Congratulations Richard. Looking forward to reading.

  53. 53
    Manoj Joseph

    You might be interested in this:
    http://ehrmanblog.org/carrier-bayes-theorem-jesus-existence-2/

    1. 53.1
      Richard Carrier

      Thanks. But it’s behind a paywall. If he makes specific statements you’d like to know my response to, feel free to quote him here and ask.

  54. 54
    lreadl

    FYI

    I have a “membership” at Ehrman’s site. (It involves a $25 charitable donation.) So, FYI:

    After pointing out that the first time he encountered a (Bayesian) mathematical argument relating to Jesus, it was made by W.L. Craig at their debate as evidence supporting his belief in the resurrection. He asks, how can it be useful if each opposing side of the issue can cite it in support of their antithetical positions? However, he also relates that after debating with Craig, he consulted some colleagues who pointed out to him the ways in which WLC “botched the proof”.

    In support of his contention, he refers the reader to a post by R Joseph Hoffman which can be found here: http://rjosephhoffmann.wordpress.com/tag/bayes-theorem/. I have only just started reading Hoffman’s piece, so I won’t comment on it yet.

    1. 54.1
      Richard Carrier

      Just FYI, I already commented on Ehrman’s ill-considered reliance on Hoffmann before here. He supports inept criticisms of my Bayesian argument like this (on Hoffmann’s website). When you read Hoffmann himself, you’ll catch the same bizarre logical gaffes. He clearly doesn’t know how Bayes’ Theorem works or that it governs all arguments in probability (he somehow thinks you can talk about probabilities without following Bayes’ Theorem…a mathematically absurd notion, and at any rate something I directly and formally refute in chapter four of Proving History, a refutation he never mentions or addresses or even seems aware of).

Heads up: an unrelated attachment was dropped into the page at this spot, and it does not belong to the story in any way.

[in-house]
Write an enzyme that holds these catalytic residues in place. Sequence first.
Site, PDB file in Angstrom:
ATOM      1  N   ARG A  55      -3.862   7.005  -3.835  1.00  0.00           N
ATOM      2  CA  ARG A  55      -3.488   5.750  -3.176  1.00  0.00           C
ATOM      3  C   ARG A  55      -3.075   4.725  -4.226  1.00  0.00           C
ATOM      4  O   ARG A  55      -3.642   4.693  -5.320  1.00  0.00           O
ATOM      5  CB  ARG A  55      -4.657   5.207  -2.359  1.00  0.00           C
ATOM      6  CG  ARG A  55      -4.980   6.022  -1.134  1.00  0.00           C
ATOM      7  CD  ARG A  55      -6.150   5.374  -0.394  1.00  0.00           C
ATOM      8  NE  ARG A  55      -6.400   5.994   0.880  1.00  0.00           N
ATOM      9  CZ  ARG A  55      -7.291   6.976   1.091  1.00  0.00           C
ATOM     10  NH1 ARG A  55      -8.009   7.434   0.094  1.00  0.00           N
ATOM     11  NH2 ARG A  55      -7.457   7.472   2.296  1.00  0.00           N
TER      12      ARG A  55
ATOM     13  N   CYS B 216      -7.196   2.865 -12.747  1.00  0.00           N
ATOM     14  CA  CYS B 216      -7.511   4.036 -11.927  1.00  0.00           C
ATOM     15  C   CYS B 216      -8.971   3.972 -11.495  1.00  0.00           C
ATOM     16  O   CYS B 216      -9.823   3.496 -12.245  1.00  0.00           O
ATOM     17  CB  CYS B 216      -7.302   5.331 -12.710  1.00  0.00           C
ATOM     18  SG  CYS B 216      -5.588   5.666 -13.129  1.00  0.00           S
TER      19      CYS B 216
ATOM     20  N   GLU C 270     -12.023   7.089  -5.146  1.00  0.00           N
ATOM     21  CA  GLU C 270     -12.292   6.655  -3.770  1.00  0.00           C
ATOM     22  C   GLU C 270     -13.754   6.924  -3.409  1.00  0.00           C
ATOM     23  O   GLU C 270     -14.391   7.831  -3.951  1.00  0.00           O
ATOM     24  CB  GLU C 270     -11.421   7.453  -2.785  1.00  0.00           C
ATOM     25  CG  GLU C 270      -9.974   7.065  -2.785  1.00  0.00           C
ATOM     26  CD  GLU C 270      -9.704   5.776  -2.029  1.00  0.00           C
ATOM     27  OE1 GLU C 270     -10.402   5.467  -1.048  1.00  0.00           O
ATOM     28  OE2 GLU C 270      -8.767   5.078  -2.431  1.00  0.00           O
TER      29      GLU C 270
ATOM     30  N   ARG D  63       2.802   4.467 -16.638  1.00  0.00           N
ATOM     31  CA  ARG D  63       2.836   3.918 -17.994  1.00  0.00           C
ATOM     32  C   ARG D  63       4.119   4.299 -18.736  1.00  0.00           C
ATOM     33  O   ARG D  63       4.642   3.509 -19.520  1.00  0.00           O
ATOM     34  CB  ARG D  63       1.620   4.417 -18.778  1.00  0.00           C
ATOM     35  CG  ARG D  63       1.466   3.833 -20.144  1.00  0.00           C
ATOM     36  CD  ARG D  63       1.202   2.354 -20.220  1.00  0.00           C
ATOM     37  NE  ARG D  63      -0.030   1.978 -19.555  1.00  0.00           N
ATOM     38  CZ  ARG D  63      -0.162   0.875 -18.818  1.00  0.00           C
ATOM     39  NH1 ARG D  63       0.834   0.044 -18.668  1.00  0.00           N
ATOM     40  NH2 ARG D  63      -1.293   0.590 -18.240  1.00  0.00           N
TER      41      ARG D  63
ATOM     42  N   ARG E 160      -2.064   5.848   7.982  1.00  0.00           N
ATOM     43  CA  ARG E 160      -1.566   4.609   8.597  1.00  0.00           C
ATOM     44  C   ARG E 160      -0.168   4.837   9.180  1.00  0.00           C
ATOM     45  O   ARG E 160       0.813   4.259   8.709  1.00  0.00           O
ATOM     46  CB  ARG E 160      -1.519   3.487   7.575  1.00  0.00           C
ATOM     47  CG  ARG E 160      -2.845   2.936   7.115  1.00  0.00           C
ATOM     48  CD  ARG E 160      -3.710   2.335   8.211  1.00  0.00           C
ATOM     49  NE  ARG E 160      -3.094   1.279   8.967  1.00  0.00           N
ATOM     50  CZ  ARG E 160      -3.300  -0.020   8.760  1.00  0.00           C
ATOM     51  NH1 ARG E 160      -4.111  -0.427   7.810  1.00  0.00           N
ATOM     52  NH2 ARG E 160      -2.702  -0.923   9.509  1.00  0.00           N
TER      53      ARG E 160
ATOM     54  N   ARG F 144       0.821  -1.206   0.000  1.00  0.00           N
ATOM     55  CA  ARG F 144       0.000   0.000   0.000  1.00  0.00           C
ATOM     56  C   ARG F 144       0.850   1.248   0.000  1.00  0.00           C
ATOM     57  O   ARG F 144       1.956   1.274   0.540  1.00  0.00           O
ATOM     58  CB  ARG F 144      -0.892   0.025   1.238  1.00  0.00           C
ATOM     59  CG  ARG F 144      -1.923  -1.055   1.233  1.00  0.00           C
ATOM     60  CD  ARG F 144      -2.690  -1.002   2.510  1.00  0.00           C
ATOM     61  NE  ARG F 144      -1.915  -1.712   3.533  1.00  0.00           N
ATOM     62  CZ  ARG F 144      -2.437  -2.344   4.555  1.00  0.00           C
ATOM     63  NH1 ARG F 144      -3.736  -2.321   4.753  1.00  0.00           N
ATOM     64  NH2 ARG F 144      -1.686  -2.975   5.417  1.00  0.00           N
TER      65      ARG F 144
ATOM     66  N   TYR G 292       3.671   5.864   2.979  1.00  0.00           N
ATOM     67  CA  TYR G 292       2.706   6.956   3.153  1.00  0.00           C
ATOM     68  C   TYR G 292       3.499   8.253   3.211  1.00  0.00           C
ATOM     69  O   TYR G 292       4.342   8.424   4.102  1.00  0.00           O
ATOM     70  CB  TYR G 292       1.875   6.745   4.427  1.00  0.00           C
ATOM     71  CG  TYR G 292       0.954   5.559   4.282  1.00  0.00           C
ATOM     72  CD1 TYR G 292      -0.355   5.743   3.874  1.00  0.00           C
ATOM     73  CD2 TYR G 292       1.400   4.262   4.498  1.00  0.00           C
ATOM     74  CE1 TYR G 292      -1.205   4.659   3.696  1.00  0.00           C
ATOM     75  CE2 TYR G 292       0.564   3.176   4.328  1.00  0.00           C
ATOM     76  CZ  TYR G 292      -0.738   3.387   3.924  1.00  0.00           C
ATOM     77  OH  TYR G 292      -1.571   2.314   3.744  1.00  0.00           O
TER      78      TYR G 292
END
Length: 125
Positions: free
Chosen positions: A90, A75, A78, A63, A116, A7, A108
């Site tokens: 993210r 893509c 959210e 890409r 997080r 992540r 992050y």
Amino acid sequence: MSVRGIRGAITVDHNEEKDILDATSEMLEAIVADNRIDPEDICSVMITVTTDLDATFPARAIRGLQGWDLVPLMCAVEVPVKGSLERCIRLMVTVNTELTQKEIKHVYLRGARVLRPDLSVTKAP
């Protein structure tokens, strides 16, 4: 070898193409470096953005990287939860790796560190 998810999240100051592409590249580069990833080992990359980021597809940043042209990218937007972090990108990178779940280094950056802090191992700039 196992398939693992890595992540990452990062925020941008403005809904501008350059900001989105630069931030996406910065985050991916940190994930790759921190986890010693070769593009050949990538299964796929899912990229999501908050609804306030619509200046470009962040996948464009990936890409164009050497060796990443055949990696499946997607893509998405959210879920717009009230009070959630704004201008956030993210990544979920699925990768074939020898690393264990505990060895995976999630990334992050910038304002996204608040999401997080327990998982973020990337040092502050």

Anyway, someone forwarded Ehrmann’s remarks to me earlier. They are indeed that vacuous (just a punt to Hoffmann, with no actual criticism or interaction with my work or arguments at all; and Hoffmann never really interacts with my actual work or arguments either, and I think he’s insane, per above).

      Notice that Ehrman, by his own reasoning against Bayes’ Theorem, would have to believe that because theists use logic to prove God exists, therefore “there must be something wrong with logic.” If Ehrman can’t see what’s wrong with that reasoning, he’s not very smart. Obviously logic can be abused (fallacies) and misused (validly used but with false premises). Ditto Bayes’ Theorem. That does not discredit the valid and sound use of BT any more than it discredits the valid and sound use of logic.

  55. 55
    Jess

    I find this subject facinating and would like to read your book. However, I haven’t done much bible study since middle school:) Do you present some sort of primer or review of the Bible and Christianity in the ‘Background Knowledge’ chapters (or any chapter) to help bring us lay folks up to speed?

    1. 55.1
      Richard Carrier

      For New Testament studies, you want Jesus Interrupted, by Bart Ehrman. For that, and more to help get up to speed on origins of Christianity research, see my recommended reading list in my Amazon store.

      That’s if you want to catch-up with what the mainstream views currently are (some of which my book will build on, and some of which it will challenge). But my book does include two large chapters surveying background knowledge, which may cover all the things you actually have in mind. You would need Ehrman’s book only if you need an even more basic primer.

  56. 56
    Lindsey

    Is the book still on schedule for February or could it possibly be sooner? I’m so impatient!!

    1. 56.1
      Richard Carrier

      No sooner. Publisher even says later, like late March. I’m hoping we can beat that, but it’s all out of my hands, and I’m not optimistic. It’s their production schedule.

    2. 56.2
      Mikael Smith

      Soooo… Any dates out yet? The book will come out in this month, right? RIGHT? :D.

    3. Richard Carrier

      As I’ve said elsewhere, it is now expected in April (according to my publisher; it’s wholly out of my hands now). But I can’t be sure, as I have yet to receive the galleys.

  57. 57
    thomasschueller